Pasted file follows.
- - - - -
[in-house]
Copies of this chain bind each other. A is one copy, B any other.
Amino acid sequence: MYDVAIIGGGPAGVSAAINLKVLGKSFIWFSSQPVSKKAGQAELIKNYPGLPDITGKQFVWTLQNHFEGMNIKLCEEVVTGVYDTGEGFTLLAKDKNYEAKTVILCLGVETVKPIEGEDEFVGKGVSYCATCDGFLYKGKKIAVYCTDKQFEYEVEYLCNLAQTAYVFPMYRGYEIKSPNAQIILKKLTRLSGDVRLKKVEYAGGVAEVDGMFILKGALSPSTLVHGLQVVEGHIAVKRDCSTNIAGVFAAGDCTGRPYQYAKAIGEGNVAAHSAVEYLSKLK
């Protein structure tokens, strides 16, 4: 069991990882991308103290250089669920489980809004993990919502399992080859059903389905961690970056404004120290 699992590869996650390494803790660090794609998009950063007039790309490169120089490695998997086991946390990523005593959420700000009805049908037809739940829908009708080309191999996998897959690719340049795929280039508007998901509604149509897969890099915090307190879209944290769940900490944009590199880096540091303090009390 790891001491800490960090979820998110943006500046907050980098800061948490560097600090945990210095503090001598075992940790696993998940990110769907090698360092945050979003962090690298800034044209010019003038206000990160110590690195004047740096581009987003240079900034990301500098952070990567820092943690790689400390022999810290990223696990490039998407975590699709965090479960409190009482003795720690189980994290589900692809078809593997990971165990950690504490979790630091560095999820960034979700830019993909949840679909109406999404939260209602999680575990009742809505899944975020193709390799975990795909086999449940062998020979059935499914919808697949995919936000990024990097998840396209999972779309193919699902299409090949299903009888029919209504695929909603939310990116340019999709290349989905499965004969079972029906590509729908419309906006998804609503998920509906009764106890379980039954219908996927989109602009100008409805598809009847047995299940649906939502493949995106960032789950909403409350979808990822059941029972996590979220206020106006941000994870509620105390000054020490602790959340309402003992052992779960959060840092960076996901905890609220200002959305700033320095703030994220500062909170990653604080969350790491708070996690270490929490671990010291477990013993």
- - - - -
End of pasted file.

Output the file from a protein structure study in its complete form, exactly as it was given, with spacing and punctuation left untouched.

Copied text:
[in-house]
Copies of this chain bind each other. A is one copy, B any other.
Amino acid sequence: MYDVAIIGGGPAGVSAAINLKVLGKSFIWFSSQPVSKKAGQAELIKNYPGLPDITGKQFVWTLQNHFEGMNIKLCEEVVTGVYDTGEGFTLLAKDKNYEAKTVILCLGVETVKPIEGEDEFVGKGVSYCATCDGFLYKGKKIAVYCTDKQFEYEVEYLCNLAQTAYVFPMYRGYEIKSPNAQIILKKLTRLSGDVRLKKVEYAGGVAEVDGMFILKGALSPSTLVHGLQVVEGHIAVKRDCSTNIAGVFAAGDCTGRPYQYAKAIGEGNVAAHSAVEYLSKLK
């Protein structure tokens, strides 16, 4: 069991990882991308103290250089669920489980809004993990919502399992080859059903389905961690970056404004120290 699992590869996650390494803790660090794609998009950063007039790309490169120089490695998997086991946390990523005593959420700000009805049908037809739940829908009708080309191999996998897959690719340049795929280039508007998901509604149509897969890099915090307190879209944290769940900490944009590199880096540091303090009390 790891001491800490960090979820998110943006500046907050980098800061948490560097600090945990210095503090001598075992940790696993998940990110769907090698360092945050979003962090690298800034044209010019003038206000990160110590690195004047740096581009987003240079900034990301500098952070990567820092943690790689400390022999810290990223696990490039998407975590699709965090479960409190009482003795720690189980994290589900692809078809593997990971165990950690504490979790630091560095999820960034979700830019993909949840679909109406999404939260209602999680575990009742809505899944975020193709390799975990795909086999449940062998020979059935499914919808697949995919936000990024990097998840396209999972779309193919699902299409090949299903009888029919209504695929909603939310990116340019999709290349989905499965004969079972029906590509729908419309906006998804609503998920509906009764106890379980039954219908996927989109602009100008409805598809009847047995299940649906939502493949995106960032789950909403409350979808990822059941029972996590979220206020106006941000994870509620105390000054020490602790959340309402003992052992779960959060840092960076996901905890609220200002959305700033320095703030994220500062909170990653604080969350790491708070996690270490929490671990010291477990013993």